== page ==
brooklyn; brooklyn bridge;

You have been asking us for some time now to make our Brooklyn Loop tour a Hop-on, Hop-off style tour like our Uptown and Downtown Loops. You have told us that you want to be able to get off the bus in Brooklyn and explore the up-and-coming borough even more on your own.

Well, we’ve been listening.

Starting on Monday, March 25th, Gray Line New York will officially be turning our Brooklyn Loop into a Hop-on, Hop-off tour. We will make stops at the Brooklyn Promenade, Atlantic Ave., Barclays Center, Brooklyn Museum of Art, Brooklyn Botanic Garden, Brooklyn Zoo, Brooklyn Public Library, Fort Greene Park, and BAM.

So what do you think? Anywhere else we should stop? Are you going to hop on?

Review: Harry Potter: The Exhibition

Every Monday, Gray Line New York will be highlighting a “Partner of the Week” on our blog. We are going to provide a review for a new partner’s product and share our own insights and experiences. This week, our Partner of the Week is Harry Potter: The Exhibition.

harry potter, times square, nyc

Harry Potter: The Exhibition

I have some good news for anyone who is still waiting around for their letter to Hogwarts! Harry Potter: The Exhibition is finally your official invitation. Here’s why…

On a Wednesday morning, I made my way over to 44th Street right in Times Square. It was a cold and windy morning (just about to blizzard), so I was even more relieved and excited to make it to the lobby of The Harry Potter Exhibition than I even originally had been. From reading the Harry Potter series and watching all the movies, I couldn’t believe that I was about to view and see this unique exhibit up-close and in-person.

I arrived at 10 a.m., just when the exhibit opened, and went right up the stairs to the box office. I received a ticket in the mail but needed to exchange that for an actual ticket to enter. However, I was surprised that there was somewhat of a line to receive my ticket, but I then realized that The Spy Exhibit is another exhibit you can walk through by purchasing a separate ticket here in the same line. While waiting I noticed a sign that said “no photography in the exhibits.” I was slightly disappointed because I was looking forward to taking pictures throughout my experience. However, this wasn’t enough to let this ruin my enthusiastic mood.

Once I received my ticket, I headed downstairs to start my experience. Immediately, I was able to take my picture in front of a green screen with a wand and a Hufflepuff scarf. I was then given a number to view my picture at the end of the tour. After having my picture taken, (and almost walking away with the scarf still around my neck), a group of us were escorted into another room which featured The Sorting Hat and a woman welcoming all of us to Hogwarts. If you’ve ever wondered what house you would be put in at Hogwarts, this place gives you the chance to find out.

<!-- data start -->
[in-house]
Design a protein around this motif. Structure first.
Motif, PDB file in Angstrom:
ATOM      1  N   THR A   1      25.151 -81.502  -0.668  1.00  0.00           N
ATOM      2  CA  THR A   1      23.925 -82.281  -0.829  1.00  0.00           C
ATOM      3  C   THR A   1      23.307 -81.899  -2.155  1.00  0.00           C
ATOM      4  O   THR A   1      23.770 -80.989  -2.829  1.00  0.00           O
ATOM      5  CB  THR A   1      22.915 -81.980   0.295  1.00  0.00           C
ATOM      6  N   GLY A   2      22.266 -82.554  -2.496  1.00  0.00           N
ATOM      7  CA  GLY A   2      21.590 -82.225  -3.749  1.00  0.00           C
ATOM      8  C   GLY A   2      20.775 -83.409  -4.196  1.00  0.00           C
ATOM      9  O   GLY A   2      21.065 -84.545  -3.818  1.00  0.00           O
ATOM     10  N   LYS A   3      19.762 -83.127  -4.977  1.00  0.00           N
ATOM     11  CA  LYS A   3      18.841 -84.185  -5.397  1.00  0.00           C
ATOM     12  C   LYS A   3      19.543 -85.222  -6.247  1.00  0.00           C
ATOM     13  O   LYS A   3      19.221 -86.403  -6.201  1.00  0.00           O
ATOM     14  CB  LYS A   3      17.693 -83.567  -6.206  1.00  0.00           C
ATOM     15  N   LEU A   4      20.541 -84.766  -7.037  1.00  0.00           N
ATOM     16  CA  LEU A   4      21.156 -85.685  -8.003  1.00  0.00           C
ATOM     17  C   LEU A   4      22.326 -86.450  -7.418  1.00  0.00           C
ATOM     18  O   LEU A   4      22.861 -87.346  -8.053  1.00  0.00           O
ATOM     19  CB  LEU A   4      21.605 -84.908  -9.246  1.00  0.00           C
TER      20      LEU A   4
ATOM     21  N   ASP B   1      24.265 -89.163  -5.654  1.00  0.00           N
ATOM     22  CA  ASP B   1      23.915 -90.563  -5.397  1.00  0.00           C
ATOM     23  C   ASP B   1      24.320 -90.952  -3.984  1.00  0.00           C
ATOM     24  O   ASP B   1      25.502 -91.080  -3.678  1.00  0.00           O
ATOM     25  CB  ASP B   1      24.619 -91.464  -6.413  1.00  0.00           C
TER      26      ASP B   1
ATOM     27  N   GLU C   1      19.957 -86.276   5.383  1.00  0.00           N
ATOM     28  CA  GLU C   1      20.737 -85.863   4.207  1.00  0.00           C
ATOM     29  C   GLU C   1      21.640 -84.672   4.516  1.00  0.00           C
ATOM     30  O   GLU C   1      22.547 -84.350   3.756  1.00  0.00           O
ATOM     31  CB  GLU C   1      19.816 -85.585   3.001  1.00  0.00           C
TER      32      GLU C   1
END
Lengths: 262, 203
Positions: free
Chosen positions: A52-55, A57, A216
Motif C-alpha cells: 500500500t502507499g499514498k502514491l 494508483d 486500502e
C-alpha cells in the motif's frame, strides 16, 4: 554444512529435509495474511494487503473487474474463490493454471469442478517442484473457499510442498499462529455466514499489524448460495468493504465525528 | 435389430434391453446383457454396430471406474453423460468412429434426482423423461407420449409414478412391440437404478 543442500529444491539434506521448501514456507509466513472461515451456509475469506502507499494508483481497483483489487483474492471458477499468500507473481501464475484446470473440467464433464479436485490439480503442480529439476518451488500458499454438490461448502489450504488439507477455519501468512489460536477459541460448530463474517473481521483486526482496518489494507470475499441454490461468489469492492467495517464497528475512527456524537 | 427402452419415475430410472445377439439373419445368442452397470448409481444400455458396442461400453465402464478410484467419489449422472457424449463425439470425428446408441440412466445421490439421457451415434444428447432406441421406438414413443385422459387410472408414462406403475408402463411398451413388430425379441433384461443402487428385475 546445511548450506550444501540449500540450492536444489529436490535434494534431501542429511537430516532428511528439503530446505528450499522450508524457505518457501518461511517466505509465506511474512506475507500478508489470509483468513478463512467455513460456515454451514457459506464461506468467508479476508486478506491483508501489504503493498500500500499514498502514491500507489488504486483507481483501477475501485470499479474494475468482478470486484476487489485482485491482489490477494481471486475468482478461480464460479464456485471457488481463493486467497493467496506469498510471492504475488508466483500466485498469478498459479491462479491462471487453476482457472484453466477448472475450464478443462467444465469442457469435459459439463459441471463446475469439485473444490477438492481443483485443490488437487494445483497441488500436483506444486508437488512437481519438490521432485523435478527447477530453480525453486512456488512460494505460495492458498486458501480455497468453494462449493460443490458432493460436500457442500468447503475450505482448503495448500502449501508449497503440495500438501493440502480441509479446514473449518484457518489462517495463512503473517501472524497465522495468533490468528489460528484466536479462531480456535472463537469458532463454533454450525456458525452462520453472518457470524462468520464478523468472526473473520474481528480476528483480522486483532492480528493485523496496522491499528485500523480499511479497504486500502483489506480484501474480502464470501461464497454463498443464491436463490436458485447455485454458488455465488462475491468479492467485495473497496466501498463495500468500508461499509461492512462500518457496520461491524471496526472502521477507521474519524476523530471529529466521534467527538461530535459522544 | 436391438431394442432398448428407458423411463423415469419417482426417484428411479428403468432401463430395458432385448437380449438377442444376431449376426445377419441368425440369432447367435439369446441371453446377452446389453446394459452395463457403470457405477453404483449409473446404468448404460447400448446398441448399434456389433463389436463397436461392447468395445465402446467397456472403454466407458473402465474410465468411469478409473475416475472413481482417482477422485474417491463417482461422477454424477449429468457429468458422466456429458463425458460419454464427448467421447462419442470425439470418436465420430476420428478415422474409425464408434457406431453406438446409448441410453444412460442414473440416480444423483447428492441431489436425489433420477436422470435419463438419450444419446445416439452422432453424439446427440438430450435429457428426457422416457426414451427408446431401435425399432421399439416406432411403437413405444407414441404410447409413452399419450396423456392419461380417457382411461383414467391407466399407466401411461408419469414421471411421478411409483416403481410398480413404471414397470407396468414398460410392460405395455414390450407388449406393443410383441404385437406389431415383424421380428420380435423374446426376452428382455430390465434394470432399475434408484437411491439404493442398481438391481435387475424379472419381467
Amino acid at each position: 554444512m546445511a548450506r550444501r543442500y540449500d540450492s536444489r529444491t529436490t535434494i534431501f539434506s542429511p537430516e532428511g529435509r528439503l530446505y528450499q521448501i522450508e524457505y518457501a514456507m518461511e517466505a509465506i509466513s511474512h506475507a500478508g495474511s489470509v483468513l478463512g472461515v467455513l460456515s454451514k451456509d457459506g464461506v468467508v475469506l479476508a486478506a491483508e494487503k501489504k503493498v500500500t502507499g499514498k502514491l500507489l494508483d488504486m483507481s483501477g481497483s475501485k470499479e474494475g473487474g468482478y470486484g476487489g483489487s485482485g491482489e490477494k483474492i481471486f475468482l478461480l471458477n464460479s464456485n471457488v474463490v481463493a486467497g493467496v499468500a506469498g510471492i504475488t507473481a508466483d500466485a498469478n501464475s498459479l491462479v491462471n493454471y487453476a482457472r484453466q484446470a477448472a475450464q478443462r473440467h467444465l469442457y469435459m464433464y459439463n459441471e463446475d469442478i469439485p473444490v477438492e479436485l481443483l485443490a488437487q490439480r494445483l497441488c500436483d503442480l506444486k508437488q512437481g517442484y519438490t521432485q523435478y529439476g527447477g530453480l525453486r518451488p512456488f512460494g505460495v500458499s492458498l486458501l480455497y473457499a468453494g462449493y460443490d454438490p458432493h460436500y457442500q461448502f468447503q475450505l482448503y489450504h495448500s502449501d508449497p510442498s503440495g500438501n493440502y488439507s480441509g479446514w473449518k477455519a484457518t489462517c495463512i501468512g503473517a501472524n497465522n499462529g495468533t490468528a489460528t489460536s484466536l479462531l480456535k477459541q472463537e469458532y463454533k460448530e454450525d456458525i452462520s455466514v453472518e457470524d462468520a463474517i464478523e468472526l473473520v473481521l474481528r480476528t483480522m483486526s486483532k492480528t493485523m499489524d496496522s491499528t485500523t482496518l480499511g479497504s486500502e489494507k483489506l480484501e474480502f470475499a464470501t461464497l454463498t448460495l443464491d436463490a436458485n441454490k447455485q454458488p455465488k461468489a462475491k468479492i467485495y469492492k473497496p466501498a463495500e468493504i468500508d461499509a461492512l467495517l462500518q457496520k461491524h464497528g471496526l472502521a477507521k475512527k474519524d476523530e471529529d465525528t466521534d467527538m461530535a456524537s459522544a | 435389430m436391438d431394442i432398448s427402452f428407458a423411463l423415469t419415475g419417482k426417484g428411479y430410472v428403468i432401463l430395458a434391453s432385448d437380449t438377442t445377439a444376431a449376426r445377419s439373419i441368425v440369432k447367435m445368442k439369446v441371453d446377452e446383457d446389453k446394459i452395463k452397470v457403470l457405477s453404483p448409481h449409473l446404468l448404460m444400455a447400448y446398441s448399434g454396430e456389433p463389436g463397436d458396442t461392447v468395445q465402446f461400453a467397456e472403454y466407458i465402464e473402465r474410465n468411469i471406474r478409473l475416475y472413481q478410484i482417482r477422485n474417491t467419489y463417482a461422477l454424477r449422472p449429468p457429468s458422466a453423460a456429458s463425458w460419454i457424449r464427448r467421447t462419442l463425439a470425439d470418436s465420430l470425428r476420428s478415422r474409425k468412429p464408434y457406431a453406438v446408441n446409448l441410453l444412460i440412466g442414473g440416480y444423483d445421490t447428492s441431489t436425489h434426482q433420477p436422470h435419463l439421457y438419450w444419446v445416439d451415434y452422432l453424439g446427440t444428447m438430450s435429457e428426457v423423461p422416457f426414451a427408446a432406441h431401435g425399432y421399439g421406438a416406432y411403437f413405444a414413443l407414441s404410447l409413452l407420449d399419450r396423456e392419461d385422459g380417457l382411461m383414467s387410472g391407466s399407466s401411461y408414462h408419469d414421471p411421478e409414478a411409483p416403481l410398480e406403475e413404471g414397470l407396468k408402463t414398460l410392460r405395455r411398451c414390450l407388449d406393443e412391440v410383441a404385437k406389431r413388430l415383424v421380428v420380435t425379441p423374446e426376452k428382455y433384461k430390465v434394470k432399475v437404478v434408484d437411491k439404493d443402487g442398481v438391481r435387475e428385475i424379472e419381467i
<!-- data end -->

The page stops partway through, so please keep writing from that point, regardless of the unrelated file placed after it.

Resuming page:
After a few volunteers were put into their designated houses, the walking portion of the tour officially started. I loved that I was given the chance to walk at my own pace throughout the rest of the exhibit. It gave me the time to read and experience everything at my own leisure. I was incredibly overwhelmed by the countless displays of costumes and props. These displays also were not ordinary. They had set-ups that featured the props inside, such as, Hagrid’s Hut, The Forbidden Forest and The Great Hall, just to name a few. The entire exhibit was extremely well laid out.

It is needless to say that the exhibit had me in awe from start to finish. This is because I wasn’t expecting so much of an experience, but rather just displays. The exhibition featured mood-setting lights, fog, sounds and even hands-on experiences. Much more detail was included in the exhibit but I don’t want to give too many exciting surprises away. But since I want to brag, I did play Quidditch.

The exhibit did range from props to scenery to video and sound to costumes, but my favorite was seeing the three main characters, Harry, Ron and Hermione’s, clothing from the first movie all the way up until the last. Each of their Hogwarts uniform’s, along with casual clothes, were on display from a majority of the films. I loved seeing how small they once were compared to their present size, based on the costumes. Some costumes featured the original wear and tear from the movie. I noticed rips in some of the costumes along with fake dirt and blood. This made it that much cooler to see the real thing right in front of me.

The tour concluded with the expected gift shop which I walked through after my experience. The store not only had the usual key chains, postcards and t-shirts, but one-of a kind Harry Potter items. Various wands, scarves and hats from each house, necklaces and rings, quill and ink set and all types of candy featured in the books and movies. You can get into this gift shop without experiencing the museum. So if you’re in the city with only a few minutes to spare, I recommend at least stopping in the store to deck yourself out in one-of-a-kind Harry Potter gear.